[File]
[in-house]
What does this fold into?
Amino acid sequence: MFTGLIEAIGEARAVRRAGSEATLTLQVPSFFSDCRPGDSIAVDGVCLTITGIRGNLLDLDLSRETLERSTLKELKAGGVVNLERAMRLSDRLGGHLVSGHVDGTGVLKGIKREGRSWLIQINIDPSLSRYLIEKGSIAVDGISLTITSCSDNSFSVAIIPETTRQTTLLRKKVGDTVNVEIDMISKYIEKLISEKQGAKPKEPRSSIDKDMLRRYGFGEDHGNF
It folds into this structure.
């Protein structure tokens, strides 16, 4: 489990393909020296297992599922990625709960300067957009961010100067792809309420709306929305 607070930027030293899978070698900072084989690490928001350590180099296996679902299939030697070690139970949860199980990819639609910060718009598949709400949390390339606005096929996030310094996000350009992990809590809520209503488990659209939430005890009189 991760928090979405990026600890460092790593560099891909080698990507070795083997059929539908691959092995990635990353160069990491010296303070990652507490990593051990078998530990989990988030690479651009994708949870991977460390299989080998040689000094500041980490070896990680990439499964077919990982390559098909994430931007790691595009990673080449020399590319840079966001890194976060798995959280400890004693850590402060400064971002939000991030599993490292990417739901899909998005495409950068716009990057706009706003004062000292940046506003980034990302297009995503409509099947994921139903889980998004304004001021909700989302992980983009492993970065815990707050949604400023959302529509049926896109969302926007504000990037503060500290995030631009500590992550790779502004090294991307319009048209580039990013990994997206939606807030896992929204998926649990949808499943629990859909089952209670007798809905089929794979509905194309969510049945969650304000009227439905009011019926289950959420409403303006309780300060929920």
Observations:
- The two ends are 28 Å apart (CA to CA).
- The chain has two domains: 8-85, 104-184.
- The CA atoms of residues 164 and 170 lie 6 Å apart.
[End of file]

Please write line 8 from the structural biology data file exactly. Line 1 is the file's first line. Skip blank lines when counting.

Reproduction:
- The chain has two domains: 8-85, 104-184.